As we talk about the reform in mathematics education, it is important to make it clear that mastery of basic facts remains as essential today as ever. I've included a quotation from Principles and Standards to that effect (T-64). See also the Standards quotations on pages 168 and 183. A major issue for me is to help teachers at all levels see the necessity and the power of students developing number relationships (Chapter 9) and the connections between addition and subtraction (Chapter 10). It is critical, especially for teachers of grades 4 and above to realize that these same number concepts and operations meanings are still the keys to fact mastery for their students - not drill.
Three Potential Approaches to Fact Mastery
Teachers essentially have three options for helping their students with basic facts: drill, directed teaching of fact strategies, and what Gravemeijer and van Galen refer to as "guided invention." As discussed on pp. 165 - 166, the first two options have drawbacks, especially a reliance on drill before efficient strategies have been developed. The intended outcome of the chapter is for teachers to believe in the third option and understand how it can be carried out in the classroom.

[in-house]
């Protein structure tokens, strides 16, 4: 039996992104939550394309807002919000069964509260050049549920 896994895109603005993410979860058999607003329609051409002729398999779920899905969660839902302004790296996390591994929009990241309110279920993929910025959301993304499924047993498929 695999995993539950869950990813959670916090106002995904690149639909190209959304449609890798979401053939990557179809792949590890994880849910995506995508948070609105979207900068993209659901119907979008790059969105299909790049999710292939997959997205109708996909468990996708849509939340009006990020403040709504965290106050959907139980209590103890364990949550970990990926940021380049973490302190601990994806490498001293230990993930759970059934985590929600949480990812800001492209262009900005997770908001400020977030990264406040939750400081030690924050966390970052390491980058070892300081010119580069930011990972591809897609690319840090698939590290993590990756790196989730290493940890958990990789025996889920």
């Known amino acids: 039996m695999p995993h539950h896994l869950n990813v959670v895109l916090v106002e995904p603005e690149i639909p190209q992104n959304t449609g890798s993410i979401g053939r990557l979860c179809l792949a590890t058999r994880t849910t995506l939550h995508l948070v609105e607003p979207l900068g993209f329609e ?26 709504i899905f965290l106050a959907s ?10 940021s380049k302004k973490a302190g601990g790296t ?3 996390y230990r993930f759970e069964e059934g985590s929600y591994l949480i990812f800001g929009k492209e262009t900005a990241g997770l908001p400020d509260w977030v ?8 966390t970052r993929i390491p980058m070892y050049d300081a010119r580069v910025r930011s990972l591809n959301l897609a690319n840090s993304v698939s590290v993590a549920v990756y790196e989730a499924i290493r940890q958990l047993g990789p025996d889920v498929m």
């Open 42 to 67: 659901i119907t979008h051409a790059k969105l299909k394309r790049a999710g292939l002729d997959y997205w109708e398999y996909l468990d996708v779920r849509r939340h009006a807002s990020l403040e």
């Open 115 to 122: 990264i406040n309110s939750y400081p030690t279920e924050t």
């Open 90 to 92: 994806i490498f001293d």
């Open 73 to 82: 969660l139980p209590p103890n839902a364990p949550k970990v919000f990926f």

Drill can be both important and effective. HOWEVER, and this is a major caveat to the preceding statement, the drill must be drill of an efficient strategy with the emphasis on efficient. Efficient strategies do not develop as a result of drill, but as Brownell once said, they develop in spite of the drill we provide. Do not let students get the wrong message from this chapter by simply observing all of the flash cards and other drill activities found in the illustrations. Practice in the sense defined in Chapter 5 - repeated problem-based experiences with the same topic - is absolutely necessary for the development of efficient strategies.
Your students may not know what is meant by an efficient strategy, one that can be used quickly and mentally, without recourse to counting. Efficient strategies should be based on meaning and should not be seen as cute or clever tricks. Once your students see an efficient strategy such as a "doubles plus one" approach to 7+6, they also need to believe that the strategies will fade into the background with sufficient practice.